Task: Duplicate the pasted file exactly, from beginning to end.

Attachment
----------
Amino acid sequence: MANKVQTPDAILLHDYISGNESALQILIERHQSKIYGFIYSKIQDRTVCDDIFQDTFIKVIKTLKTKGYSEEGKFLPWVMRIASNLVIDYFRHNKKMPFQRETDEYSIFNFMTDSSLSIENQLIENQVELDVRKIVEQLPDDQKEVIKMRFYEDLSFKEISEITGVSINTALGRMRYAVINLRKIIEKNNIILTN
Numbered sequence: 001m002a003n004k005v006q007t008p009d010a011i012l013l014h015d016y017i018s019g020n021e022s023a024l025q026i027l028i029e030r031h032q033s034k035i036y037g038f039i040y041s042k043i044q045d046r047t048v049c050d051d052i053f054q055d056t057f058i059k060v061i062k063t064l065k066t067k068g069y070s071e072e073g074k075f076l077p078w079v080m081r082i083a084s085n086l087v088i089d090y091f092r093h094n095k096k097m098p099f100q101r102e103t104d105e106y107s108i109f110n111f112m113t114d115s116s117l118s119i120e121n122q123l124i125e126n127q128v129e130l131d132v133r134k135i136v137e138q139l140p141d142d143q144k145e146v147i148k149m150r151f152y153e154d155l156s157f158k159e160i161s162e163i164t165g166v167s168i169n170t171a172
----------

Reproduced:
Amino acid sequence: MANKVQTPDAILLHDYISGNESALQILIERHQSKIYGFIYSKIQDRTVCDDIFQDTFIKVIKTLKTKGYSEEGKFLPWVMRIASNLVIDYFRHNKKMPFQRETDEYSIFNFMTDSSLSIENQLIENQVELDVRKIVEQLPDDQKEVIKMRFYEDLSFKEISEITGVSINTALGRMRYAVINLRKIIEKNNIILTN
Numbered sequence: 001m002a003n004k005v006q007t008p009d010a011i012l013l014h015d016y017i018s019g020n021e022s023a024l025q026i027l028i029e030r031h032q033s034k035i036y037g038f039i040y041s042k043i044q045d046r047t048v049c050d051d052i053f054q055d056t057f058i059k060v061i062k063t064l065k066t067k068g069y070s071e072e073g074k075f076l077p078w079v080m081r082i083a084s085n086l087v088i089d090y091f092r093h094n095k096k097m098p099f100q101r102e103t104d105e106y107s108i109f110n111f112m113t114d115s116s117l118s119i120e121n122q123l124i125e126n127q128v129e130l131d132v133r134k135i136v137e138q139l140p141d142d143q144k145e146v147i148k149m150r151f152y153e154d155l156s157f158k159e160i161s162e163i164t165g166v167s168i169n170t171a172